This article isn’t about being trustworthy and doing what we say we will do. It isn’t about the importance of showing affection when you are reunited with your spouse. This article also isn’t about the critical need for communication or how selfishness can harm a marriage. This article isn’t about the need to jointly make financial decisions. Finally, this article isn’t even about the universal marital need for ongoing forgiveness – though each of those principles are important for marriage. No, this article is about none of those things.
Rather, this article focuses on one key principle – how we respond when our spouse’s behavior disappoints us.
Positive Sentiment Override
Renowned marital scholar, John Gottman, contrasts key differences in the ways happy couples and struggling couples generally respond to mistakes and imperfections in their spouse.
In happier marriages, couples seem to have a positive filter that influences the way that they respond to each other – even during times when offense, frustration, disappointment, or anger would be natural responses. He refers to this as positive sentiment override.
Simply put, positive sentiment override is the conscious and consistent decision for us to give the benefit of the doubt to our spouse. So much positivity is built up that it’s easier to overlook any momentary disappointment. Or, as a wise colleague of mine has stated, when we don’t know one’s motives, we default to an assumption of goodwill.
By contrast, in unhappier marriages, couples are more prone to assume the worst in a situation – a term Dr. Gottman describes as negative sentiment override.
While our natural responses to the three scenarios may have led to frustration and contention. How might these responses be different when you use positive sentiment override instead?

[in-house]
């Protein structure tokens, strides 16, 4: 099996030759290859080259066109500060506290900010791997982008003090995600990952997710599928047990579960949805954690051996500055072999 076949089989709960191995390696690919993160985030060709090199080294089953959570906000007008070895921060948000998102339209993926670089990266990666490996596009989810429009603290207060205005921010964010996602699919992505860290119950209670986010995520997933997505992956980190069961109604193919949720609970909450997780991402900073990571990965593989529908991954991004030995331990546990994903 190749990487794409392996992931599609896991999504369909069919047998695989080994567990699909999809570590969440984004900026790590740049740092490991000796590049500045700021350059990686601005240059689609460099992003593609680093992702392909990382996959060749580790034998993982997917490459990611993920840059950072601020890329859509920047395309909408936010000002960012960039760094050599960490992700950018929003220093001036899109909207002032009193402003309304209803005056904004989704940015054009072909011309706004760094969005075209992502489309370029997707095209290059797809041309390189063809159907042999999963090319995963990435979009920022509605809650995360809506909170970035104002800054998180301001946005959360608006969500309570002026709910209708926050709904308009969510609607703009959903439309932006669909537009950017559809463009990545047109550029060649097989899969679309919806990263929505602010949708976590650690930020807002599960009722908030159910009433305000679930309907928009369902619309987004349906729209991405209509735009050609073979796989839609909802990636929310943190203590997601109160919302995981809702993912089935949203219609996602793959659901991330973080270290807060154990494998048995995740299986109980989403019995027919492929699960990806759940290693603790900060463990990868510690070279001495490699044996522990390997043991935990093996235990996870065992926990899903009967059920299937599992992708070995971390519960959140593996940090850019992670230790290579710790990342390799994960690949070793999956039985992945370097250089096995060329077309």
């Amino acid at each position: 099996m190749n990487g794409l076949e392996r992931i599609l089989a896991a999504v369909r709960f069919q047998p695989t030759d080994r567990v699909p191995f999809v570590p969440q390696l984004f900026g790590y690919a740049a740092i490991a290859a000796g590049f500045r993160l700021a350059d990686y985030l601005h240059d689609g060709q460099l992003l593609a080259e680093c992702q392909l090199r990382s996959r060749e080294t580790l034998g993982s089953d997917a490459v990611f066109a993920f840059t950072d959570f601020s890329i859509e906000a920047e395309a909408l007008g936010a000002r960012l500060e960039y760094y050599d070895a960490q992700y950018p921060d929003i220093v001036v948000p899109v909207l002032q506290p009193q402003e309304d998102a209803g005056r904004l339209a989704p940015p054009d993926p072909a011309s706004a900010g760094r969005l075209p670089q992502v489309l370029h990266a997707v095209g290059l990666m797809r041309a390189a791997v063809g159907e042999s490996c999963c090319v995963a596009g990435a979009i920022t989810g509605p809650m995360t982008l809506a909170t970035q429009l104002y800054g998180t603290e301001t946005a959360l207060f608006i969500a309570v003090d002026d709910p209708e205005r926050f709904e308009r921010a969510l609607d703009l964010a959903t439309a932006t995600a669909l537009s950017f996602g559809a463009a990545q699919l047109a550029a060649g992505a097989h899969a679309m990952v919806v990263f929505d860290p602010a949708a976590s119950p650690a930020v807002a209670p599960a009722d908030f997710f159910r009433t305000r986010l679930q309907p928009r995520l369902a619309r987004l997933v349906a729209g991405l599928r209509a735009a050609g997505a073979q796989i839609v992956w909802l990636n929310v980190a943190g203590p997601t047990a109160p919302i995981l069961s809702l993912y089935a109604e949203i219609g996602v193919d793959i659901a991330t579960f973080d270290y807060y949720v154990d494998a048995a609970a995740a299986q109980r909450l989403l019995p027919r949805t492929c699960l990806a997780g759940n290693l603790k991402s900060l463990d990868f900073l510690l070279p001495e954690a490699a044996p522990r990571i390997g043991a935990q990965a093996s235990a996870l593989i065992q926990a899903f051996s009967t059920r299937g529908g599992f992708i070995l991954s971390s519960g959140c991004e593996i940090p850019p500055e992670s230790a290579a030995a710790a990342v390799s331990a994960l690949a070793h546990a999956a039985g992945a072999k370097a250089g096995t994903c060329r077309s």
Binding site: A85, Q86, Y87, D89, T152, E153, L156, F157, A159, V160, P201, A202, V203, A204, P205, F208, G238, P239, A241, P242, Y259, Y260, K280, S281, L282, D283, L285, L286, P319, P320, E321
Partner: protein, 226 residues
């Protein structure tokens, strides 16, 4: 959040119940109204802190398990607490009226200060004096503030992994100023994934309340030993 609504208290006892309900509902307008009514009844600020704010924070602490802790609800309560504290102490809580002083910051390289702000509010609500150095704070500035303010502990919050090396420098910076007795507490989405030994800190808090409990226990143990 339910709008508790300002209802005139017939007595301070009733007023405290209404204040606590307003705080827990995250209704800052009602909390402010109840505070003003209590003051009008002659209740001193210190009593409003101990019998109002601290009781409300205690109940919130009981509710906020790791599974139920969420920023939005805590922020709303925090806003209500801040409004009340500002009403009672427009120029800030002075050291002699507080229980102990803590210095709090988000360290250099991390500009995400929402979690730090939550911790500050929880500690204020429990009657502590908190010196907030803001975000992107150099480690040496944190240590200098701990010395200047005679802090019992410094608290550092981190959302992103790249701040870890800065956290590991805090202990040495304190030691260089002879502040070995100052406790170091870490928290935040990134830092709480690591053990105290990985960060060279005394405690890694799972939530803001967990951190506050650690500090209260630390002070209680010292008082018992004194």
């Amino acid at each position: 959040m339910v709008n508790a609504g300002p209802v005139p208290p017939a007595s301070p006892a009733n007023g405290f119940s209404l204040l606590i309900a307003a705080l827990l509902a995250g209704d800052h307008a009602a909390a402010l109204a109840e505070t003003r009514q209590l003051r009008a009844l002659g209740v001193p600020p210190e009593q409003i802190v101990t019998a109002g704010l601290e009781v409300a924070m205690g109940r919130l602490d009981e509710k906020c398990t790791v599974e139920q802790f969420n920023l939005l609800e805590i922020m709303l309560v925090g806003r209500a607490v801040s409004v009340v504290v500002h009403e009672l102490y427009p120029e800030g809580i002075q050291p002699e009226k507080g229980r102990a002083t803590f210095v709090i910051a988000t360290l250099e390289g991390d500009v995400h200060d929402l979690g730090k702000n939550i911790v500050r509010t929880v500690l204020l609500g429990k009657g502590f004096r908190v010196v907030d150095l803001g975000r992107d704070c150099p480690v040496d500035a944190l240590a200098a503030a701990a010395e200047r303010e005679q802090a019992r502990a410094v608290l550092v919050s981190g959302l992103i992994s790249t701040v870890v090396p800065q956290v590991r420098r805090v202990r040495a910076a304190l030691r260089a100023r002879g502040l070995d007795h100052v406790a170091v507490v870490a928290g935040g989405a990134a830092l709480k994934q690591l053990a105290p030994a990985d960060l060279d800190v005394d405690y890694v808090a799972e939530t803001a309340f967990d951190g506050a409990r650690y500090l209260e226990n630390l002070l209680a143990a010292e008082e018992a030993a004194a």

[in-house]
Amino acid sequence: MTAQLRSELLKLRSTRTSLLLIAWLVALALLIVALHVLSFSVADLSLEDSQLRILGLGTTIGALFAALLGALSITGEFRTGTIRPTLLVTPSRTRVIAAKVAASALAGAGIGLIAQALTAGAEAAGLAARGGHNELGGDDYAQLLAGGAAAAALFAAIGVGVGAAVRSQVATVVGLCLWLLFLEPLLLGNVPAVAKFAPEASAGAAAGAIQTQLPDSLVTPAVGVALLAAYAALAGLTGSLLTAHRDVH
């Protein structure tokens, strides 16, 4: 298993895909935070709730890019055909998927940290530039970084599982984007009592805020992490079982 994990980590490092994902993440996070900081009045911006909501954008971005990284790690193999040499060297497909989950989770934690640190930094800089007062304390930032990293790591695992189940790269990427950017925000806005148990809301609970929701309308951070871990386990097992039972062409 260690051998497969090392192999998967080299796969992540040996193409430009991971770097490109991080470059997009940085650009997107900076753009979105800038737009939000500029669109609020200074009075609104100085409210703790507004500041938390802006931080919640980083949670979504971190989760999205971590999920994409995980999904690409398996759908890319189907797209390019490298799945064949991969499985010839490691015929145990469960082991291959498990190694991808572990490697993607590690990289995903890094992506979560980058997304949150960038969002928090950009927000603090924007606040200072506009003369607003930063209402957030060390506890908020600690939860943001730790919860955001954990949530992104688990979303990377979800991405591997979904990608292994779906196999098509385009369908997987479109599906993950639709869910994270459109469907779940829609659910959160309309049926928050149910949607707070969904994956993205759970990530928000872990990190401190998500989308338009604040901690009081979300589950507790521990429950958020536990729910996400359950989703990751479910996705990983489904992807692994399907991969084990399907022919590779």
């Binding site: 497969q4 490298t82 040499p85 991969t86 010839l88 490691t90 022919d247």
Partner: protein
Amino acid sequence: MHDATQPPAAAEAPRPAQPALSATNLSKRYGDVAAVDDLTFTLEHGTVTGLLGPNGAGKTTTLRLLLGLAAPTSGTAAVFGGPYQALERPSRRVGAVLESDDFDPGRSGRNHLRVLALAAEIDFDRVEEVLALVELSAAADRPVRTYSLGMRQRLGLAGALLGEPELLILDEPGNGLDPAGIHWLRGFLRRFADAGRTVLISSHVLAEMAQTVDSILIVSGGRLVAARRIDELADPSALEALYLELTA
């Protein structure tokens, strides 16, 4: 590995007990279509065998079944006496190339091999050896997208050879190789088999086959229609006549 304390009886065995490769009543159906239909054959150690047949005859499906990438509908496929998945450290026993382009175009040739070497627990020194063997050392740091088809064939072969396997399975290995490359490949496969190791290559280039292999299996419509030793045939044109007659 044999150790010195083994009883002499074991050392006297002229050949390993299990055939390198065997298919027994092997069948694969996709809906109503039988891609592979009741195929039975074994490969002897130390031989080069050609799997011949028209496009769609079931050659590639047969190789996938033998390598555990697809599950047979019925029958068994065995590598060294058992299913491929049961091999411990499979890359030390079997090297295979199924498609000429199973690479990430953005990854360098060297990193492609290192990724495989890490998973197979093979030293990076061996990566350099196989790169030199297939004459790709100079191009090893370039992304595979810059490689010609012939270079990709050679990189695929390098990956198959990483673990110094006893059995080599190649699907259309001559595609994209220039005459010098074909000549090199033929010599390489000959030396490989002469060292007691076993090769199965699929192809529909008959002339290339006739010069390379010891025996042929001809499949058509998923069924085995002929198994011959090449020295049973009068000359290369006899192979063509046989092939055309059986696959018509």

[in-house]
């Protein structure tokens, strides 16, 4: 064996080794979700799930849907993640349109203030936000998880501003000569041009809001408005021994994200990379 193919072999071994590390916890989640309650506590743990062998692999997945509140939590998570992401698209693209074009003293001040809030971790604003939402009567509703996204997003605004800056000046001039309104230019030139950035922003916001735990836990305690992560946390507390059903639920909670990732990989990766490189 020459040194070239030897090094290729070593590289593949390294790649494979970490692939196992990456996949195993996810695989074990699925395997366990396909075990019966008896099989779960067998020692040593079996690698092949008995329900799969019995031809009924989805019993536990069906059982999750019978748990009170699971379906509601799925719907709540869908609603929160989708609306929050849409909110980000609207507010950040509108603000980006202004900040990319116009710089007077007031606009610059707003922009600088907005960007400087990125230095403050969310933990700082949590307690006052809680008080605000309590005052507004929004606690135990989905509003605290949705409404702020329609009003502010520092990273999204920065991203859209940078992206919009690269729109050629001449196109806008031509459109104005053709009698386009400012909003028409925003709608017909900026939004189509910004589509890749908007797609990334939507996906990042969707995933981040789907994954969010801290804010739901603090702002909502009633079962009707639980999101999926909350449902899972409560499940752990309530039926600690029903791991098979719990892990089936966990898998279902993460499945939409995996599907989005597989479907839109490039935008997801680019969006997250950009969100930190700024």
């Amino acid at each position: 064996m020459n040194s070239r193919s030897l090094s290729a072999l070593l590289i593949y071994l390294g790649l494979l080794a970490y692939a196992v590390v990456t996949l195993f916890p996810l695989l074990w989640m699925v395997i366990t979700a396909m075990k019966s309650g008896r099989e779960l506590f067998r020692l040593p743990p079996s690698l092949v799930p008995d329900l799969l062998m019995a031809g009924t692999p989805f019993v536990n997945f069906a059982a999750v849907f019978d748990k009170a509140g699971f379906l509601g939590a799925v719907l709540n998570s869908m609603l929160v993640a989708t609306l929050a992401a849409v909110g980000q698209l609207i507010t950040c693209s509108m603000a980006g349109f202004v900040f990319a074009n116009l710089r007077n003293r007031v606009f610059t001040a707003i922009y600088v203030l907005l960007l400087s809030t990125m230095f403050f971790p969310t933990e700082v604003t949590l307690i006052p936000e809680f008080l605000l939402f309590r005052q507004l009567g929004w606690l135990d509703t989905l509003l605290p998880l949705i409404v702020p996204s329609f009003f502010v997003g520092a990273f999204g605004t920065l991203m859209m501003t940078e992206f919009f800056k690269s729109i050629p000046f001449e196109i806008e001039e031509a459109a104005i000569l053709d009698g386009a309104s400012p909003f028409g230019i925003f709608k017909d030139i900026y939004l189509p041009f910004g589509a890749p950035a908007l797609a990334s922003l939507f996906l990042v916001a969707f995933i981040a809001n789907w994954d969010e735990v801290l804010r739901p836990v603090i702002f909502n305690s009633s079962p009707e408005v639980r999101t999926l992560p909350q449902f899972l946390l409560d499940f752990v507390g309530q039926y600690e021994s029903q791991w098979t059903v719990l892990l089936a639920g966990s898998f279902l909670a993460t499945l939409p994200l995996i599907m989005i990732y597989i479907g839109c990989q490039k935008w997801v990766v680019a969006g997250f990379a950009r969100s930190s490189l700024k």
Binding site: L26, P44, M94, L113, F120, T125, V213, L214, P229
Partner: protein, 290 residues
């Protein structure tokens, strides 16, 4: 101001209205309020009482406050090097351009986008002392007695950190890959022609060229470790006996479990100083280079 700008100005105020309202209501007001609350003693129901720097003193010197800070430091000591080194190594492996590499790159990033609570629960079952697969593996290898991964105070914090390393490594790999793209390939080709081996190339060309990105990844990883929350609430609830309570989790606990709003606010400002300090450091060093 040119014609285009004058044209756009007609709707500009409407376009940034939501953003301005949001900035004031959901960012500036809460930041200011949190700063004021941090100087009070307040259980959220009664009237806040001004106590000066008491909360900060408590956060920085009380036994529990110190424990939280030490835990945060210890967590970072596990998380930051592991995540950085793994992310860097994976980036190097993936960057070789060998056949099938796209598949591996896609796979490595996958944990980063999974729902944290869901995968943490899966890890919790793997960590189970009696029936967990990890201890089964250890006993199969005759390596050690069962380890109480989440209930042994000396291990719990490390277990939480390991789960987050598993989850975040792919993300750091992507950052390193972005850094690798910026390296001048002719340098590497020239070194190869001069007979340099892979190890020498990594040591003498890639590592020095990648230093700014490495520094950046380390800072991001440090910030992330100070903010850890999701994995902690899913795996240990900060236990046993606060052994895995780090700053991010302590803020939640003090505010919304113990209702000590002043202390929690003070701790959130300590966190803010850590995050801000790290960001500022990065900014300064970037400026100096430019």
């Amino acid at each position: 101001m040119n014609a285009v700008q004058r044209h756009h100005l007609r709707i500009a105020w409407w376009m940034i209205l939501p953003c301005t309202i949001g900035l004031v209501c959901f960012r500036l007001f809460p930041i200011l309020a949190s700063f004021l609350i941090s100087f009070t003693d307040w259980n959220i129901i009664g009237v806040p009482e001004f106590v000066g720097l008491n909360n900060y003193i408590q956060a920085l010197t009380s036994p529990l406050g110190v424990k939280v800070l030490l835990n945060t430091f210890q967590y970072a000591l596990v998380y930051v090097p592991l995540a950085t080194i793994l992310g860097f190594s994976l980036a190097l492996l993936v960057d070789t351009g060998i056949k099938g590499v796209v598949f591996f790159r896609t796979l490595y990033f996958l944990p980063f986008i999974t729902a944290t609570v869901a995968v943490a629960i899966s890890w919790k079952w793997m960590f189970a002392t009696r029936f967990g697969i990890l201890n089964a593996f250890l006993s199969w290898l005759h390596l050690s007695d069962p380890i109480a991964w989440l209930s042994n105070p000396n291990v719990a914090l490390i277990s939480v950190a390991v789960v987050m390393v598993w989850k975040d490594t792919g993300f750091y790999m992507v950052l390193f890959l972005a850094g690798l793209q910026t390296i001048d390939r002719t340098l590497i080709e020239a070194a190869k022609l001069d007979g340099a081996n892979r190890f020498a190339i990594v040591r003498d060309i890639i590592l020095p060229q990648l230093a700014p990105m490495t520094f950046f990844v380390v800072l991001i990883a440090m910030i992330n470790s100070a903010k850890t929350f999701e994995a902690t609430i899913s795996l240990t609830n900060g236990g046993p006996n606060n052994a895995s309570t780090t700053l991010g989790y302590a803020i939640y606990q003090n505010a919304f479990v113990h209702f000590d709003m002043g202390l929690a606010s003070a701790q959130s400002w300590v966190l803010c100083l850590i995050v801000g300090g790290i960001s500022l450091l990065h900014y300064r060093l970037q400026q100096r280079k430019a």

Consider how these responses and thoughts could help defuse arguments and reduce disappointment.
“My wife normally is happy to see me when I get home. I bet she had a hard day with the children. And, I did forget to take the garbage out this morning. I wonder what I can do to help cheer her up.”
“My husband has been under a lot of stress lately. Maybe a round of golf with friends will be good for him. We can get some work done when he gets back.”
“This purchase must be important to my spouse. He’s usually wise with our money.”
Please note that I am not suggesting that we simply ignore consistently frustrating behaviors from our spouse. There is a time and a place for kind, loving, candid communication.However, strong marriages remember the overall happiness of a relationship rather than dwelling in disappointment.
Can you see how the consistent application of this principle could strengthen a marriage?
The next time you feel irritation towards your spouse, give positive sentiment override a try! This concept is relatively simple to understand – though it can be much harder to apply in our marriages. However, couples that have the courage to exercise positive sentiment override will avoid unnecessary contention, increase their feelings of goodwill toward their spouse, and find more satisfaction overall in their marriage!
For the sake of your marriage, as well as your own happiness, will you experiment with positive sentiment override? You (and your spouse) will be glad you did!